XCOM: Enemy Within
Over the past week, I spent as much time as I could playing XCOM, the greatest argument for hiring someone just to find chilling epigraphs to open your game with. I guess I shouldn’t expect any less from Firaxis, who had much practice sticking a quote in with every piece of research in the Civilization games. Last year, they showed us they can make a good tactics game, but this year, there’s nothing new about Firaxis making really good expansions, as we also saw this summer with Brave New World.
But enough about 4X strategy games that only nerds play, we’re here for XCOM: Enemy Within, expansion to one of the most well done video game remakes.
So let’s get right to the heart of the matter: Are the new unholy abomination mech battle suits and genetic supersoldiers good? In short, yes. In long, read on.
You can access both of these techs very early in the game (more on that later), which actually stretches your resources even more and increases the game’s pressure. You only have enough money and Meld for so much. In my playthrough, I tried to field a MEC trooper while also investing in capturing aliens for research credit. This didn’t work out for me as I couldn’t get an alien containment unit up fast enough to make a difference in my research for the first month and a half or so. Since you can’t not focus on building satellites in this game, the best course of action is to choose between either a Meld tech or capture tech, not try to do both at once.
You build MEC suits and choose an ability for them. Later on, you can upgrade them and make more choices between additional weapons or other capabilities. Your augmented soldiers can equip these MEC suits, which is hopefully a good consolation prize for having their arms and legs amputated and replaced with cyber-limbs. They also get a standard robo-filter applied to their voices, along with adapting more logical, less emotionally charged language. So when replacing limbs, does XCOM operate on the vocal cords too?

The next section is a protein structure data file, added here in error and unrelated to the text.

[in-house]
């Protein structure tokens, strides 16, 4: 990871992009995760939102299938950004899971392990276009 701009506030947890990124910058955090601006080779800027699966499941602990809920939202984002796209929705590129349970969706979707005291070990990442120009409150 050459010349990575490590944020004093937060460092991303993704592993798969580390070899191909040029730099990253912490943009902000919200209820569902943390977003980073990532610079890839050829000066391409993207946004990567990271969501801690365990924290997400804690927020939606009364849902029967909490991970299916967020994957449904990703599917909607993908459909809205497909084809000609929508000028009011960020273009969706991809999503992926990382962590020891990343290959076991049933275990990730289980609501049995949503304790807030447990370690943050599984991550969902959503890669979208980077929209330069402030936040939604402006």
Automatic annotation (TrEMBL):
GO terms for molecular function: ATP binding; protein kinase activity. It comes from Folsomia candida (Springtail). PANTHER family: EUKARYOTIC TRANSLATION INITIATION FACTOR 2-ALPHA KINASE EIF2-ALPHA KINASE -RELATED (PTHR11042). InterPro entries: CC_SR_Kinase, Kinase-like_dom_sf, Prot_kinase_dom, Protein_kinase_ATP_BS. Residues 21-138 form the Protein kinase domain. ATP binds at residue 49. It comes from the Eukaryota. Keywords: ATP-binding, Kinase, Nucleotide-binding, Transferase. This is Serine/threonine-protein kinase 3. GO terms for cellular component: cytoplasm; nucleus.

Some of the game’s flavor text notes that these modifications will hopefully allow a soldier to continue living a normal life after the war. Props to Firaxis for remembering that we care about our troops!
On the other end of making your soldiers less human, most of the gene mods are quite good too. They are unlocked by conducting autopsies, so those are thankfully a lot more useful now. Overall, gene-modding appears to be better saved for later in the game, when you have more gene mods available to use on highly promoted soldiers. Incidentally, gene-modded soldiers get sleeveless armor like some Vietnam war movie, which looks stupid. I don’t care how genetically modified you are, a shot of plasma to the naked arm will remove it. And then the XCOM commander will “volunteer” you for the MEC program.
Both of these features are gained by using Meld. I didn’t like how Meld appeared as this practically magic phlebotinum that XCOM could use for instant tech leaps in genetic modification, and building cybernetic exo-suits with power fists (Warhammer 40k fans who were disappointed with Space Hulk, this is the game for you). Meld is scattered over the maps without rhyme or reason. Enemy Unknown put more of an effort at having its sci-fi make sense. The progression also feels a bit odd because you get cyber-mechs and gene mods before any other advanced technology; if Meld is that awesome, why can’t XCOM weaponize it, or develop other applications for it?
Still, I appreciate that it’s a very difficult task to properly explain these new elements while also introducing them early enough that people can actually see Enemy Within’s most appealing features without investing 5-10 hours into a playthrough. Given those circumstances, Firaxis did the best they could and focused on improving the gameplay. Scattering Meld on the maps does this, forcing you to advance faster so you can collect it before it blows up. I also like how there’s an implication that EXALT uses Meld too, which makes sense.